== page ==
The smell of vinegar simmering in the kitchen can be overpowering for some, but the aroma transported me back to my youth. A time when many people had backyard gardens and faithfully put up a cupboard full of summer fruits and vegetables. I suppose this in homage to the “Victory Gardens” as they were called during World War II. Everyone did their part for the war effort by contributing to their sustenance as a way of guaranteeing that there would be enough food for the soldiers and those in need, or without the means. Mom didn’t can, and I was never there when Grandma did. My exposure to this wonderful practice came at the hands of Mrs. Louis Busch Jr.
“Louie” was a simple man. I don’t mean that in a disrespectful way at all. I loved him. He was a farmer and a Cowboy. He knew how to work hard. He was a man of faith who adored his wife and daughter. He also ran a boarding stable and knew more about horses than any man I’d ever known. He was slender and lean, but tough as nails. He felt no need for “Fancy stuff.” Typical cowboy. He’d come to the barn when it was still dark and when he left, it was usually dark as well. There were horses to breed or break, stalls to muck out, tractors to fix and he never wasted a moment. He explained once that his work ethic came from his dad, who was a well-known horse trader who Louie described as “A little rough around the edges.”
Louie taught me how to sit a horse, break, train and care for the animals. I hung on his every word because every lesson he shared had come from years of hard earned experience. I can still see the grin on his face if I messed up. He’d have this great laugh that was almost timid as if he was embarrassed to laugh heartily. He’d spit tobacco juice on the ground and he’d say “Boy, let me show you something.” He had a kind way of instructing without making you feel stupid. He offered praise willingly, and it meant the world. I miss him.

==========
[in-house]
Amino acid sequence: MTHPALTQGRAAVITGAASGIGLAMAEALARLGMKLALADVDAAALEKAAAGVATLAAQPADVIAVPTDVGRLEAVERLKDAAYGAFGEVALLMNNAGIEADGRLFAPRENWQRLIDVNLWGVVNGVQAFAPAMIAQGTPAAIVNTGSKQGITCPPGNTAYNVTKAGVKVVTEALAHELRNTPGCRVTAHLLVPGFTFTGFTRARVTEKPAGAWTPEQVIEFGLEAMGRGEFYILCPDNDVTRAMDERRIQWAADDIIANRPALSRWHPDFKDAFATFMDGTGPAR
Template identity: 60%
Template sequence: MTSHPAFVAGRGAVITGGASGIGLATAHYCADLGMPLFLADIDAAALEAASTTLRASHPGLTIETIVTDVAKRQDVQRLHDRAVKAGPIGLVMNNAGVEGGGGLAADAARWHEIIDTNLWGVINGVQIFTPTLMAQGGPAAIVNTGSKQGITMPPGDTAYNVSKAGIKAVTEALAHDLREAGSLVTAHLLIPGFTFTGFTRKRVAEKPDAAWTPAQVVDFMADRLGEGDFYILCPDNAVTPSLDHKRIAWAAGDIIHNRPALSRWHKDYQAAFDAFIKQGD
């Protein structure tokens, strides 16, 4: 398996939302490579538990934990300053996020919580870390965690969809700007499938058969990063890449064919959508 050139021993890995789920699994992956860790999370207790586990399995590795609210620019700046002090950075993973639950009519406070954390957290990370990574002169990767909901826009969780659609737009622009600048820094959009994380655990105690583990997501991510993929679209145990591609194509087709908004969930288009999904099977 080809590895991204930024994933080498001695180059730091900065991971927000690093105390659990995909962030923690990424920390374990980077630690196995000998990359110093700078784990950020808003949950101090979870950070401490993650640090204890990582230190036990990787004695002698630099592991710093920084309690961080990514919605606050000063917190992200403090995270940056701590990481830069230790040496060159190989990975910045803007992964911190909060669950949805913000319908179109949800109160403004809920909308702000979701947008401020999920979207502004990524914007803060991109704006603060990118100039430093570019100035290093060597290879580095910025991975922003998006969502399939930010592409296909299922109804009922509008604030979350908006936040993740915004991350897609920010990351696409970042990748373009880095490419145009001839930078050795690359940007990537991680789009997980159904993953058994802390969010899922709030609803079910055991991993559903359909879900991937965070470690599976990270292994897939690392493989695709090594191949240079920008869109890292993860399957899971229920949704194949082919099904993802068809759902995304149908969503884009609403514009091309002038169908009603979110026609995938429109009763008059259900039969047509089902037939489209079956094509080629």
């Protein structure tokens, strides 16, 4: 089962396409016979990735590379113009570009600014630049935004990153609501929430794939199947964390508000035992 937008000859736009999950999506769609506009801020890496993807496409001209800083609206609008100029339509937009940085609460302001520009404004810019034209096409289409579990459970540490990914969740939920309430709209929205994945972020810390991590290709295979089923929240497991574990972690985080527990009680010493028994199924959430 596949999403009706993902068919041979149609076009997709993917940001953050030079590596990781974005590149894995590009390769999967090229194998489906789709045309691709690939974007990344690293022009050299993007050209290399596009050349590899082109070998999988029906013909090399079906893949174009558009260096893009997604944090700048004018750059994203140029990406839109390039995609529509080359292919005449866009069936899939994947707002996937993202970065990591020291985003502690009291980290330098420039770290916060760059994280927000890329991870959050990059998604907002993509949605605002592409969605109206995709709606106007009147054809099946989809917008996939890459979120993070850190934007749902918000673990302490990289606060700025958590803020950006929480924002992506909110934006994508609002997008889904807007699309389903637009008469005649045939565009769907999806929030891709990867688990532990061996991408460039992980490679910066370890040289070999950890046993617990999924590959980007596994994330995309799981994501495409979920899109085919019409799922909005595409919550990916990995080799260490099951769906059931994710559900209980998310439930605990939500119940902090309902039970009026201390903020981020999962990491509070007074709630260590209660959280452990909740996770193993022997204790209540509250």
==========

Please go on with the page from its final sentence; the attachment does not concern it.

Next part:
What in the world does this have to do with Sweet Corn Relish? Sorry. I get carried away when memories start pouring into my head. Louie’s wife (Verla) was a county Extension advisor in our county and was loved and highly respected as was her husband. In the autumn, she would send Louie with an armload of freshly canned goodies. My favorite was what Louie called “Piccalilli” Oh My! Fresh from the cob sweet corn-Pickled. SO delicious that a tear would run down my cheek when it was gone. I have been dreaming about this stuff for 30 years. I Do NOT have her recipe, although I’m going to try to track down their daughter to see if she might have it. I decided just to go for it, and see what happens. It certainly isn’t what I remember, although it IS good. Regardless, I’ll keep trying until I get it right.
Here is what I did.
12 fresh ears of sweet corn, husks and silks removed. Slice kernels off the cob.
2 large red bell peppers, washed, cored & finely chopped
3 small to medium pickles/cucumbers diced
4 stalks of celery diced
1 large sweet yellow onion chopped
2 jalapenos seeded and chopped
4 cups apple cider vinegar
2 cups sugar
3 tsp kosher salt
NOTE: I purchased a packet of bread & butter pickling spices at a store that sells Canning supplies. I put the packet ingredients in a cheesecloth and tied it with Butcher’s twine to simmer with the liquid & vegetables, then removed it at the end. You may substitute by using 1 Tbs of whole allspice berries and a Tbs of whole yellow mustard seeds and a bundle of fresh dill if you like.
NOTE TWO: I have also chopped veg into large chunks (NOT the corn) and successfully pulsed the food processor a few times to get the perfect chop.
- Bring vinegar to a boil, add sugar and salt to dissolve.
- Add seasonings and vegetables, lower heat to medium and simmer for 10 minutes.
- Ladle the relish into hot sterilized jars and seal with lids.
- Process the jars in a water bath for 10 minutes.
- Store jars in a cool dark place. Good for a year.
Once opened, jars can be stored in the fridge for up to two months.
P.S. You’ll see a lot of veg in the photos., I doubled the recipe and filled 12 pints
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